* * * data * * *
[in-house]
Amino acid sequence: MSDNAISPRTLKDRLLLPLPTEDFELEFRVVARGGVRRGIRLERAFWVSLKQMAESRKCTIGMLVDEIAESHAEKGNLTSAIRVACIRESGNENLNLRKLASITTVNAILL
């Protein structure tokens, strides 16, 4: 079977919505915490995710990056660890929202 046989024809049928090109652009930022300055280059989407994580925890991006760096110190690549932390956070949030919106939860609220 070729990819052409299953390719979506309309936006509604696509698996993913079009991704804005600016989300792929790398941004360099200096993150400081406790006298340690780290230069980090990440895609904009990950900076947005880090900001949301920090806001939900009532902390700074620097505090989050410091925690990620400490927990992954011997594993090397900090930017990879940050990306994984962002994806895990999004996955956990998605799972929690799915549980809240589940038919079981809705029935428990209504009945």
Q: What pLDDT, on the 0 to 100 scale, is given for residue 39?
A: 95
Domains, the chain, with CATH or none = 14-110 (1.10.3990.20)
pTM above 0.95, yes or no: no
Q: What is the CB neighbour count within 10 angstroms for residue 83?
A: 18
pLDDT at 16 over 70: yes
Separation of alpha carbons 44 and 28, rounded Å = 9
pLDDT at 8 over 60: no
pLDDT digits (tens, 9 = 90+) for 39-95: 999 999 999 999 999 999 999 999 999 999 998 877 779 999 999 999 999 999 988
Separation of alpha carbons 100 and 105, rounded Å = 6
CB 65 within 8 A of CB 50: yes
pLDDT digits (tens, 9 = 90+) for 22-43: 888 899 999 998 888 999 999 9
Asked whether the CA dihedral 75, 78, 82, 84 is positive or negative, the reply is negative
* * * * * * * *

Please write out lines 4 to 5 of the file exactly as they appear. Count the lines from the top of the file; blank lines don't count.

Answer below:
Q: What pLDDT, on the 0 to 100 scale, is given for residue 39?
A: 95